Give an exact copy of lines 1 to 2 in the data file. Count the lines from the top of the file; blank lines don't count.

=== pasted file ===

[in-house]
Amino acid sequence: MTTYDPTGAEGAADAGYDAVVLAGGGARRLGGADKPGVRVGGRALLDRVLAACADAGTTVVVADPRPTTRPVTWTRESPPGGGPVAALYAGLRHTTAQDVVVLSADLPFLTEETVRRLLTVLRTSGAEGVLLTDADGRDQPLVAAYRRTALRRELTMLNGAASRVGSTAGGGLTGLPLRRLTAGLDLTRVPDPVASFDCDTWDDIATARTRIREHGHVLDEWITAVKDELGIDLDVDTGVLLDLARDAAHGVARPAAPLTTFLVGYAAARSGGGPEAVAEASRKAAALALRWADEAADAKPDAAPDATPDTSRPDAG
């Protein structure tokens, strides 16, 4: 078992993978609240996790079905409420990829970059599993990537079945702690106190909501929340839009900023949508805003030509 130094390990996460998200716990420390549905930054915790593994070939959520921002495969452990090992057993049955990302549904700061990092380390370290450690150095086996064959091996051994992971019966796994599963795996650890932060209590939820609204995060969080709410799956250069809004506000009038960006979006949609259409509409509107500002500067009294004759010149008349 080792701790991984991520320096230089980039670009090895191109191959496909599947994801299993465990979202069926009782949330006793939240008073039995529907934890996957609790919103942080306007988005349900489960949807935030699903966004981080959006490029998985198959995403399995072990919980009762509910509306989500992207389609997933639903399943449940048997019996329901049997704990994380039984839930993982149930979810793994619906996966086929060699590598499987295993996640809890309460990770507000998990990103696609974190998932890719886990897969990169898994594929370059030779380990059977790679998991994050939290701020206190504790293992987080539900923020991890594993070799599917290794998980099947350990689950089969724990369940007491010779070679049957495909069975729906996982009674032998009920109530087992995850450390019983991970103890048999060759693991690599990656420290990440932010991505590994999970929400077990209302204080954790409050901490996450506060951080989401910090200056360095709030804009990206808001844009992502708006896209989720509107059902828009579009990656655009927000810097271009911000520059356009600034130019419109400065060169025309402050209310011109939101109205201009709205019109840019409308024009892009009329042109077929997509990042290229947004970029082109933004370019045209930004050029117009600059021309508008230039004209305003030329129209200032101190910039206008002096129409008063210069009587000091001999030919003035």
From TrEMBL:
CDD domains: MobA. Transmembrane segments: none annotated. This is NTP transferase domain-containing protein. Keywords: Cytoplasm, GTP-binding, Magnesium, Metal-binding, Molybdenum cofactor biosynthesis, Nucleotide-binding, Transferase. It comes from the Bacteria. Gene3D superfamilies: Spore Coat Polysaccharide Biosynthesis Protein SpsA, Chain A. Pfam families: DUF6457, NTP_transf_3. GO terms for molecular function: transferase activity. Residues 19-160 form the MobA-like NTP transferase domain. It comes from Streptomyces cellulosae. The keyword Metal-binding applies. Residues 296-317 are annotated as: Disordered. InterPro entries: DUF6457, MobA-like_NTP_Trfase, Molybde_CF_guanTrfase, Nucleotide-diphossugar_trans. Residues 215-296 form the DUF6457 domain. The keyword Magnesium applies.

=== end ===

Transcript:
[in-house]
Amino acid sequence: MTTYDPTGAEGAADAGYDAVVLAGGGARRLGGADKPGVRVGGRALLDRVLAACADAGTTVVVADPRPTTRPVTWTRESPPGGGPVAALYAGLRHTTAQDVVVLSADLPFLTEETVRRLLTVLRTSGAEGVLLTDADGRDQPLVAAYRRTALRRELTMLNGAASRVGSTAGGGLTGLPLRRLTAGLDLTRVPDPVASFDCDTWDDIATARTRIREHGHVLDEWITAVKDELGIDLDVDTGVLLDLARDAAHGVARPAAPLTTFLVGYAAARSGGGPEAVAEASRKAAALALRWADEAADAKPDAAPDATPDTSRPDAG